At the USATF Cross-Country Championships on January 8 in Mission Bay Park in San Diego, Alicia Monson won the women’s race in dominant fashion, while Shadrack Kipchirchir needed a sprint to the finish to win the men’s crown.
Monson, 23, broke the tape in 34:01, finishing 17 seconds ahead of runner-up Weini Kelati in the 10K race. It was Monson’s first national title. Kipchirchir added a second cross-country crown to his collection, winning in 30:32 for 10K.
In the women’s race, a group of five—which included Monson, Kelati, Natosha Rogers, Emily Infeld, and Emily Durgin—established themselves up front in the first of five 2K loops.
Rogers fell back on the second loop, as Monson, Kelati, Infeld, and Durgin hit the 4K mark in 13:21. On the third loop, Kelati and Monson pulled ahead of Durgin and Infeld and came through 6K in 20:05.
Monson, a 2021 Olympian in the 10,000 meters who runs for On Athletics Club (OAC) in Boulder, Colorado, put in a definitive surge on the fourth lap. Her lead continued to grow over the final two kilometers, and she cruised through the finish line all alone.
It was her first cross-country title. Kelati, the runner-up, finished in 34:18, and Infeld was third in 34:36 to claim the final podium spot. It was Infeld’s first race since leaving the Bowerman Track Club. Durgin was fourth in 34:50, outsprinting Steph Bruce, and Rogers finished sixth.
“This was my first win as a pro actually and also my first national title,” Monson said during the USATF.TV broadcast. “It was a pretty big day for me.”
Monson’s victory followed a breakthrough 2021 season, which included a gritty third-place finish in the 10,000 meters at the U.S. Olympic Trials. She went on to place 13th in the 10,000 meters at the Tokyo Games last summer.
“It was a big growing year for me,” Monson said. “I wasn’t quite sure how going pro would go out of college and it was my first full year as a pro, new coach. I really just put my faith in Dathan [Ritzenhein]and the OAC, and I’m just grateful for everything that came because we’re just working hard every day.”
A Tight Finish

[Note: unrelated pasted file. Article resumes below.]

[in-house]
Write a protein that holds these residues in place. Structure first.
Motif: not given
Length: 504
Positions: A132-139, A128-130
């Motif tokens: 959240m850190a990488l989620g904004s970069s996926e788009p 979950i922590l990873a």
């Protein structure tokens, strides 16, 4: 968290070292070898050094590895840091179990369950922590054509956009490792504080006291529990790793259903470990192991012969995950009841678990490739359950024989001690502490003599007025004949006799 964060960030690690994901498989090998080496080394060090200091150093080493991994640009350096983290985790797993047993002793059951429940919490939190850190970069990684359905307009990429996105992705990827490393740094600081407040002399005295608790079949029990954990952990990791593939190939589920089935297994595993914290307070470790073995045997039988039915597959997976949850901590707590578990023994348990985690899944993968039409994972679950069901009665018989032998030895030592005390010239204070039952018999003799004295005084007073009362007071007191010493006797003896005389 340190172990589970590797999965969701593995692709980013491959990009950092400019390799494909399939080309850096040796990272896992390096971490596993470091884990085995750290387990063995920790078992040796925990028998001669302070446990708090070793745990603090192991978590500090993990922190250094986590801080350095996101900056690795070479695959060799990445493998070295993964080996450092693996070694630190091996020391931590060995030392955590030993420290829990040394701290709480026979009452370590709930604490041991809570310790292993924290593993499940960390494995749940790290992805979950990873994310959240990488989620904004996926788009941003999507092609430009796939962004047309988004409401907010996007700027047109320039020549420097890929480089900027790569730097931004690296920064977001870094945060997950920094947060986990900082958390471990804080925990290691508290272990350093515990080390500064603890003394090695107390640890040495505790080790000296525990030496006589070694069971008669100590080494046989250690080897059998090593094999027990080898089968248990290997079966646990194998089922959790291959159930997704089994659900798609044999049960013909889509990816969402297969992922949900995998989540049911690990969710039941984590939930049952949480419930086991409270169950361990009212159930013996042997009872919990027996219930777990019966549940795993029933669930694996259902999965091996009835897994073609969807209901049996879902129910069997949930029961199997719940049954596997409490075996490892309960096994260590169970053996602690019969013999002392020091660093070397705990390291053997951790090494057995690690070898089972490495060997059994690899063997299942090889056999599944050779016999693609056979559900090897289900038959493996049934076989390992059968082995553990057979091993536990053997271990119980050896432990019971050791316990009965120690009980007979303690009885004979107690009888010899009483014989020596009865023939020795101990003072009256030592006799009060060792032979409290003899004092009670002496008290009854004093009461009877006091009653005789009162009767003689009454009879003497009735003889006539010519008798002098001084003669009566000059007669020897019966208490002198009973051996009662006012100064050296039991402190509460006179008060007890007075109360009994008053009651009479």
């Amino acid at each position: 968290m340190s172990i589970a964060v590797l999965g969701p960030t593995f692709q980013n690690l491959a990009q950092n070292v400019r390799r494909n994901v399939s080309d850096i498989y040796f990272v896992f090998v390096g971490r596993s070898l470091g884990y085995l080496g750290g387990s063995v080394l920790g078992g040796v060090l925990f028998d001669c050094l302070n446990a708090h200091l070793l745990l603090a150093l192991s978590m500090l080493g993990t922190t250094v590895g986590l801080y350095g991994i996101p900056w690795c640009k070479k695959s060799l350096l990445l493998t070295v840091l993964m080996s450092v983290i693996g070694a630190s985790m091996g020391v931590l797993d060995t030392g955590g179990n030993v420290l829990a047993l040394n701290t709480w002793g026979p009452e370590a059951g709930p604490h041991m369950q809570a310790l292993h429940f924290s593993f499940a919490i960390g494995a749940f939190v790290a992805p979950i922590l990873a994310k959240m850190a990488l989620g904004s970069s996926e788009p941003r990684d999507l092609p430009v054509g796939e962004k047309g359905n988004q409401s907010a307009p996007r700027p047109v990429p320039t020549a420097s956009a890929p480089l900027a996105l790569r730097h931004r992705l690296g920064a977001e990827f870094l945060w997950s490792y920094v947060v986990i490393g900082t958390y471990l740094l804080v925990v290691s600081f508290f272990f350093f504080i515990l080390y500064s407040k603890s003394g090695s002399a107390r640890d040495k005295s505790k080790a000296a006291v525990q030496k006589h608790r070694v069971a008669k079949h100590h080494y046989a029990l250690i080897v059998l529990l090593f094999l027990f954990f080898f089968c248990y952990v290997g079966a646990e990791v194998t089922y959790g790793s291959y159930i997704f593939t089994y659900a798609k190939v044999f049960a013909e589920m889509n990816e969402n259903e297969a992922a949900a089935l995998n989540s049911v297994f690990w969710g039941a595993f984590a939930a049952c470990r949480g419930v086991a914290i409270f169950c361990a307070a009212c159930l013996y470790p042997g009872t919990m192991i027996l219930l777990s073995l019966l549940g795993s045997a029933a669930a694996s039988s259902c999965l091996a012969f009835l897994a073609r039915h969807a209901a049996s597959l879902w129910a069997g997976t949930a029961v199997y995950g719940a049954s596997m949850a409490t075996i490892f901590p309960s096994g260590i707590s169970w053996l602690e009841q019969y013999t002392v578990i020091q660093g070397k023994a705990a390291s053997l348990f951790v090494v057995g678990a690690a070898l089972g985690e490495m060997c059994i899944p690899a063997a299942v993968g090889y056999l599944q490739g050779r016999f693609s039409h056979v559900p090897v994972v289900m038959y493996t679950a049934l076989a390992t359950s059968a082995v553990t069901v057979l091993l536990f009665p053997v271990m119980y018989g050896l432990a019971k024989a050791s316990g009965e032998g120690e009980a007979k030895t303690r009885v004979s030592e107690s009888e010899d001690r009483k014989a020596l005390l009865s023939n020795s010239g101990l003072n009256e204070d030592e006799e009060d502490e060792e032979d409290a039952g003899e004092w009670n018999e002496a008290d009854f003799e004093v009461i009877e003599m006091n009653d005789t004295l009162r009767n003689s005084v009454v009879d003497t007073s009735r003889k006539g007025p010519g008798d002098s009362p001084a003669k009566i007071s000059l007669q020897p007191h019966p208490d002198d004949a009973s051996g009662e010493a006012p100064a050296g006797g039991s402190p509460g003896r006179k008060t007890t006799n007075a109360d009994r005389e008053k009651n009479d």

The men’s race came down to the wire with a thrilling battle on the homestretch.
In the early going, a pack of eight led the way, including Olympians Benard Keter, Kipchirchir, and Ben Blankenship.
During the third lap, the top pack started to shrink, and by 6K, which they reached in 18:12, only five men remained: Keter, Kipchirchir, Leonard Korir, Sam Chelanga, and Dillon Maggard.
That group of five remained intact until the final kilometer when Maggard, Chelanga, and Kipchirchir broke away slightly.
With 100 meters to go, the three were in an all-out sprint. Kipchirchir, a 2016 Olympian in the 10,000 meters, was the fastest to the finish.
He broke the tape in 30:32, two seconds ahead of Maggard, who ran 30:34. Chelanga finished third, also in 30:34. Korir was fourth in 30:37.
During a post-race interview with USATF.TV, Kipchirchir, 32, explained he has had a long comeback to health after suffering an injury right before the Olympic Trials last year. His instagram shows he tore his left calf muscle.
“I was really frustrated but I held onto a lot of hope, like I’m going to come back,” Kipchirchir said. “When I got better in November, I believed in my training, and I’m really excited just to be at the start line. My goal today was just to be racing more again and it was nice. I love this course, and I’m glad I won.”
He also shared that he and his wife are expecting a baby boy in April. He dedicated his performance to his family. “I got hurt and I’m back stronger than before, not just for the joy of running but I’m doing this for my family,” he said. “I’m running for them.”
Monson and Kipchirchir each take home $2,000 for the win. The second-place finishers earned $1,000, and the third-place finishers earned $800.